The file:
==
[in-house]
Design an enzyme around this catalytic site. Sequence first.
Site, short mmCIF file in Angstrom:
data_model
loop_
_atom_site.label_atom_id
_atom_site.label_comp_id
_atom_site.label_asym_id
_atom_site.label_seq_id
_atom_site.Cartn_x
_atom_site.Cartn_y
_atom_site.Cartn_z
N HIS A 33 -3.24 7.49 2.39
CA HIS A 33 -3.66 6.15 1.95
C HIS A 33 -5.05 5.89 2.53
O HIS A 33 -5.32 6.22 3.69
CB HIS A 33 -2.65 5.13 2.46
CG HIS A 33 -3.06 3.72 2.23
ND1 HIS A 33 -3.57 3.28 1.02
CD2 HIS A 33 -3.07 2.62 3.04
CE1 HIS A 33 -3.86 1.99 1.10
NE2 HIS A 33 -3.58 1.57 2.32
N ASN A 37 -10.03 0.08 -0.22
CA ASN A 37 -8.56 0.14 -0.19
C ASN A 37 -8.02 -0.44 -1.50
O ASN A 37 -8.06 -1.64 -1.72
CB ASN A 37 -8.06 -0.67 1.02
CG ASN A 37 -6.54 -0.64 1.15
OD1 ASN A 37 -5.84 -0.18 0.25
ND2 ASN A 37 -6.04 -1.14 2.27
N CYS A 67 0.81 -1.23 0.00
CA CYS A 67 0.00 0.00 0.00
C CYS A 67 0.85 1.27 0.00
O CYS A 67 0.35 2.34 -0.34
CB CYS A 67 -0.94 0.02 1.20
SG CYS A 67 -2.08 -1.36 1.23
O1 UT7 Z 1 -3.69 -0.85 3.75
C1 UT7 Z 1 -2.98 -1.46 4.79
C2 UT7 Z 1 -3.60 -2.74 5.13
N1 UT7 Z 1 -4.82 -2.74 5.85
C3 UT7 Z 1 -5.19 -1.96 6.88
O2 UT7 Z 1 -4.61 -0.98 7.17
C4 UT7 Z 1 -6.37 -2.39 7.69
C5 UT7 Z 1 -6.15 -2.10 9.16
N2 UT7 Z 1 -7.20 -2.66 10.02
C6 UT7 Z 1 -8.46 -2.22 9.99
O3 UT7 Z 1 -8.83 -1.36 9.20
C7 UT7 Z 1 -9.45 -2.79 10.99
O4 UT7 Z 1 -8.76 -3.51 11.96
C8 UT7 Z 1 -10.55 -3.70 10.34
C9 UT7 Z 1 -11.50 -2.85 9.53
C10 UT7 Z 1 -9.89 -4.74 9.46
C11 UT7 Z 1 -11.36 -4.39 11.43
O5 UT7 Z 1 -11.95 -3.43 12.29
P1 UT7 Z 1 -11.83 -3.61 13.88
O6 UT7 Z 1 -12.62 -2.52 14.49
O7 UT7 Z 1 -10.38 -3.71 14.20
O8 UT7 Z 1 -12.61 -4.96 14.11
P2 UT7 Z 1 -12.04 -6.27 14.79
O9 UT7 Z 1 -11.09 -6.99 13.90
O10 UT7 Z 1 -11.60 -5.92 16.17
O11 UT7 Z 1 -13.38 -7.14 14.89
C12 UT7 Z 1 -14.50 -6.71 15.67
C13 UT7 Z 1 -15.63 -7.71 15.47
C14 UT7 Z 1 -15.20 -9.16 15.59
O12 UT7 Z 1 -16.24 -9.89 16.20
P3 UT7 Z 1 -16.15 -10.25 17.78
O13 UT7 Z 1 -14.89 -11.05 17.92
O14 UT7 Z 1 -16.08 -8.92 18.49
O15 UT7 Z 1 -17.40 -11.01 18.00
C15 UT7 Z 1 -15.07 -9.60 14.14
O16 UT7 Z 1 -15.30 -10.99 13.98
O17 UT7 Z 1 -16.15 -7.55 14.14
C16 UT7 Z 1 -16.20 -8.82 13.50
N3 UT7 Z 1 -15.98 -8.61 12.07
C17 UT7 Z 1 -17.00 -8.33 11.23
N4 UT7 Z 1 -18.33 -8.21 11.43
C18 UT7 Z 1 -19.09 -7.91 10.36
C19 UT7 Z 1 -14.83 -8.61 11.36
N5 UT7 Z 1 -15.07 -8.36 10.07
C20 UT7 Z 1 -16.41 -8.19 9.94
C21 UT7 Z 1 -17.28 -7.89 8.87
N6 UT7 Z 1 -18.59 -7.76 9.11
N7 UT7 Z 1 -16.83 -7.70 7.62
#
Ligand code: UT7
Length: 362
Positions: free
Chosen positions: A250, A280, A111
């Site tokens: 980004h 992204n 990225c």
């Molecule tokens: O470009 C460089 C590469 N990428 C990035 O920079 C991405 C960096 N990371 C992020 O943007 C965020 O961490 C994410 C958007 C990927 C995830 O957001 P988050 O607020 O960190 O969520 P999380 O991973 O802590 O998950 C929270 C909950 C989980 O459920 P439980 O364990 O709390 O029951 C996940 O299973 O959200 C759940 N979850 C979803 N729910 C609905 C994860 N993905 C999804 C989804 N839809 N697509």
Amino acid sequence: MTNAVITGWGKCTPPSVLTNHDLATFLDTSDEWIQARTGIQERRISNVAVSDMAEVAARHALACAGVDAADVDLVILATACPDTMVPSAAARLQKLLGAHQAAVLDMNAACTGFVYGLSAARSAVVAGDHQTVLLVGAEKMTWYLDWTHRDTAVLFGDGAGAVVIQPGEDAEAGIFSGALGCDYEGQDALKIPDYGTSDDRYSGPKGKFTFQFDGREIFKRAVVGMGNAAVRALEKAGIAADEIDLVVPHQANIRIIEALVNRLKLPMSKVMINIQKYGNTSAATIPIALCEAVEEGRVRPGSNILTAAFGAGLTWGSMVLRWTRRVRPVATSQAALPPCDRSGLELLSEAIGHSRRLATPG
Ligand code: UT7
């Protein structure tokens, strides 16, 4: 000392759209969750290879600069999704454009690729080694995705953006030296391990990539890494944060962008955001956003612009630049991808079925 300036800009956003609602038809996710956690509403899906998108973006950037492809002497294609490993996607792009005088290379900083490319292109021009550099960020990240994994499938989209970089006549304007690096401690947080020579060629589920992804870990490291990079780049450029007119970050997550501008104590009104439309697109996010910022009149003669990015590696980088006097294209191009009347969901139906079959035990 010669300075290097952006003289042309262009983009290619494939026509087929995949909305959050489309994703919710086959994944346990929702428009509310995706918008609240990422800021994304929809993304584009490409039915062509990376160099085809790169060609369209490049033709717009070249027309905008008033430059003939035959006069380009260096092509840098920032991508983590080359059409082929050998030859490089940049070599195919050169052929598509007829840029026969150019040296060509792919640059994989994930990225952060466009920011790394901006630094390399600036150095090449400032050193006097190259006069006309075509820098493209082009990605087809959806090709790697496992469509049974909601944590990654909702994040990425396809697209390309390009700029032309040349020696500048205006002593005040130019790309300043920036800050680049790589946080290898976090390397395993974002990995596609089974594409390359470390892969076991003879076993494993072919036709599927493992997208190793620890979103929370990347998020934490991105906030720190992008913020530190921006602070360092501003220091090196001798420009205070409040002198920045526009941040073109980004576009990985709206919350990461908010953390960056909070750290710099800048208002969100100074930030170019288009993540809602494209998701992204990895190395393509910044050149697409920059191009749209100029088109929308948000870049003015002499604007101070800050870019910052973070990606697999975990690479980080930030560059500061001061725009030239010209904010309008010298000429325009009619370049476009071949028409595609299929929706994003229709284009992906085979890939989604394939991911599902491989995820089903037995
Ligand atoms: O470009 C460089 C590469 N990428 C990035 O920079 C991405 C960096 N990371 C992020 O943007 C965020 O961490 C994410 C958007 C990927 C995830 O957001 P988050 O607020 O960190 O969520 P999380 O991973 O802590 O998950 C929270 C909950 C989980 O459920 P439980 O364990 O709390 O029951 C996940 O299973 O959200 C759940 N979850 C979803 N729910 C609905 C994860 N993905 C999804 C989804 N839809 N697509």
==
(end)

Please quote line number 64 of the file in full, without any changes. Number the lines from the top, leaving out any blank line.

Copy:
C13 UT7 Z 1 -15.63 -7.71 15.47